The Association for Women in Mathematics has announced that four women will share the 2022 Presidential Recognition Award. The four women were honored for the creation of the Mathematically Gifted and Black website. The MGB website, which was founded in 2016, profiles nearly 200 inspiring lives in mathematics, using first-person storytelling and contextualizing math in terms of a full life experience. Every year during Black History Month, the site highlights 28 living Black mathematicians with a photo and their responses to questions about their lives and mathematical interests.
Here are brief biographies of the four women sharing the award:
Erica J. Graham is an associate professor of mathematics at Bryn Mawr College in Pennsylvania. She joined the faculty in 2015. Dr. Graham is a graduate of Bryn Mawr College with a bachelor’s degree in mathematics. She holds a master’s degree and a Ph.D. in mathematics from the University of Utah.
Raegan Higgins is an associate professor of mathematics at Texas Tech University. Dr. Higgins joined the faculty at Texas Tech in 2008. She is a graduate of Xavier University of Louisiana, where she majored in mathematics. She earned a master’s degree and a Ph.D. in mathematics at the University of Nebraska.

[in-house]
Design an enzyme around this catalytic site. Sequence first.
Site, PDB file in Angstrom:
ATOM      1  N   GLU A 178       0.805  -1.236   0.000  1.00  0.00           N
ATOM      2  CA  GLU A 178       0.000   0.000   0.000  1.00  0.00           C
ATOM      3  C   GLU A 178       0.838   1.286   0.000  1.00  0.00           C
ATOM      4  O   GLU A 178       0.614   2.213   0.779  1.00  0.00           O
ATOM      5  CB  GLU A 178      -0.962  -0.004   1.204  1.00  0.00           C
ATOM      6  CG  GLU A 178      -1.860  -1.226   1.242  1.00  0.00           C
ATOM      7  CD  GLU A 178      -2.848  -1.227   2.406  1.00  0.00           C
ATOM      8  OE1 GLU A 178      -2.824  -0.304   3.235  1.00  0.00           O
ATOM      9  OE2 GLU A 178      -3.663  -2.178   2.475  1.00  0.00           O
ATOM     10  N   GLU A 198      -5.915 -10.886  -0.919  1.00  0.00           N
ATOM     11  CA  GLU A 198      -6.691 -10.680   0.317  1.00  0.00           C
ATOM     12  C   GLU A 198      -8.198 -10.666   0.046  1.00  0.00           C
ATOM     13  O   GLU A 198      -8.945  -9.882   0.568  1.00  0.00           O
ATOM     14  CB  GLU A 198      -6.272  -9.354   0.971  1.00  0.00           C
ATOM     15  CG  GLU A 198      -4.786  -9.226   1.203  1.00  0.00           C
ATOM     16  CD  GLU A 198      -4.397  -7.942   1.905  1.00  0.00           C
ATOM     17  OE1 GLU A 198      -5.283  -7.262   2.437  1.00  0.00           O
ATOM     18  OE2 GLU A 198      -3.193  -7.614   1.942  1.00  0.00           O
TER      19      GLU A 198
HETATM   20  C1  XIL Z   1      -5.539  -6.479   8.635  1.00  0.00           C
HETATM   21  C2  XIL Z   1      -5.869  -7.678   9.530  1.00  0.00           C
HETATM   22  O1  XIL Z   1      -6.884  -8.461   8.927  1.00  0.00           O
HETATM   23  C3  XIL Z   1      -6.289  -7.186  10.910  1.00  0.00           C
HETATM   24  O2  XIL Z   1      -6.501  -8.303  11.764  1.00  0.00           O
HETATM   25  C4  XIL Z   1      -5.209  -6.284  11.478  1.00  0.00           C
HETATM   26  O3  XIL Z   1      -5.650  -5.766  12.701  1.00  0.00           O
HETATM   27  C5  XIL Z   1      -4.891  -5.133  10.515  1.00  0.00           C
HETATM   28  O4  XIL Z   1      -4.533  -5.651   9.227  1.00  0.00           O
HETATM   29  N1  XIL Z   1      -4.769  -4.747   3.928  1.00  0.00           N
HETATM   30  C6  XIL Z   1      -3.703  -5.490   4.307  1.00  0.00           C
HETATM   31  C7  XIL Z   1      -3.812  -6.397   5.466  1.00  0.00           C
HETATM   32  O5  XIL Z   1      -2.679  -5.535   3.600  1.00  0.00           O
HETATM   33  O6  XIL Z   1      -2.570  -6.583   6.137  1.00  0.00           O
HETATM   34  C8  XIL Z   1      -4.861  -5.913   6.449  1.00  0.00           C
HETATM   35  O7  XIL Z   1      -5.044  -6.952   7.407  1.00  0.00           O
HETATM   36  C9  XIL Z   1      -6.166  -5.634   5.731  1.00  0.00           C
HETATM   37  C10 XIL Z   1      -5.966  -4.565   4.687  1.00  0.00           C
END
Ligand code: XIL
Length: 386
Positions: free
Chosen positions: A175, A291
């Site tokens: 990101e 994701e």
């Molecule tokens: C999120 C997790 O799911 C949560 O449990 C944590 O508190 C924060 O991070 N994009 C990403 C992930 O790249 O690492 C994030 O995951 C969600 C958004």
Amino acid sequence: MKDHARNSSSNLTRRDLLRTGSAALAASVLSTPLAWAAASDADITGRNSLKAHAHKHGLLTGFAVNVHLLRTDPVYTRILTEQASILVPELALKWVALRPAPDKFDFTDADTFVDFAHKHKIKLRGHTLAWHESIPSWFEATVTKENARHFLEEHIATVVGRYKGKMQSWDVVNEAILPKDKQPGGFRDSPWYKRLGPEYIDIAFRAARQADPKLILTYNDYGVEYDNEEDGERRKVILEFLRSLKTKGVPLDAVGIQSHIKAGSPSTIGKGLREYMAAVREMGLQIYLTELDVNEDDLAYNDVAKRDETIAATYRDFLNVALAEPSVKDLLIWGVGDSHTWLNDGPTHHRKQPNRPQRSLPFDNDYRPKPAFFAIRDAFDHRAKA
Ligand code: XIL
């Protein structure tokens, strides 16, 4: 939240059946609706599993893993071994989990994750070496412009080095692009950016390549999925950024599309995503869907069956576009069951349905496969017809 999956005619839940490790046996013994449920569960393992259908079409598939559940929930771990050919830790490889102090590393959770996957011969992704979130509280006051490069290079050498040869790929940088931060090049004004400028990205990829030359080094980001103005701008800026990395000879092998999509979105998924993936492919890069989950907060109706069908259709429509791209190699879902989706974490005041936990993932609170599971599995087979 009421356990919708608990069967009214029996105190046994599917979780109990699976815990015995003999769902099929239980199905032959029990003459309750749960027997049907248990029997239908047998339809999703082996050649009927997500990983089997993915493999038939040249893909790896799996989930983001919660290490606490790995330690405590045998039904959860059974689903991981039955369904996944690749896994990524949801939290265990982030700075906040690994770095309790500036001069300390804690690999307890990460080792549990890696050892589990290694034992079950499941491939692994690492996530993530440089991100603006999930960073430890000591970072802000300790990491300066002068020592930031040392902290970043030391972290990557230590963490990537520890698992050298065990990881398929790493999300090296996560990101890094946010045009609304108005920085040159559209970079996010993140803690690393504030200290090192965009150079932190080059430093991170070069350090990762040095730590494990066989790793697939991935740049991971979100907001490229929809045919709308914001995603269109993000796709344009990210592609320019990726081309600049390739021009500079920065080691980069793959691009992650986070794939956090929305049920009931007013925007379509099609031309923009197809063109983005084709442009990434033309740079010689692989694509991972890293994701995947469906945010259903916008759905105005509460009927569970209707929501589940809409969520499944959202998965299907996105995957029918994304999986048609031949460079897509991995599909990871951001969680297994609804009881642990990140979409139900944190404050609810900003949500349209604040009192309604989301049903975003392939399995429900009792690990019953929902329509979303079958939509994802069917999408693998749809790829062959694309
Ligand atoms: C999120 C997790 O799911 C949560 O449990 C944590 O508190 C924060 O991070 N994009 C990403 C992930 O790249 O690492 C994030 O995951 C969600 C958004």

Candice Price is an associate professor of mathematics and statistics at Smith College in Northampton, Massachusetts. Born and raised in California, Dr. Price has a bachelor’s degree in mathematics from California State University, Chico and a master’s degree from San Francisco State University. She earned her doctoral degree in mathematics from the University of Iowa.
Shelby Wilson is a senior professional at the Applied Physics Laboratory Johns Hopkins University in Baltimore. Dr. Wilson is a graduate of Spelman College in Atlanta, where she majored in computer science and mathematics. She holds a Ph.D. in applied mathematics from the University of Maryland, College Park.
“As the founders and directors of Mathematically Gifted and Black, we appreciate AWM’s acknowledgment of the impact our work has on increasing the visibility of historically and systemically excluded individuals in the mathematical sciences,” the four women said in a statement. “We are committed to continuing this valuable work.”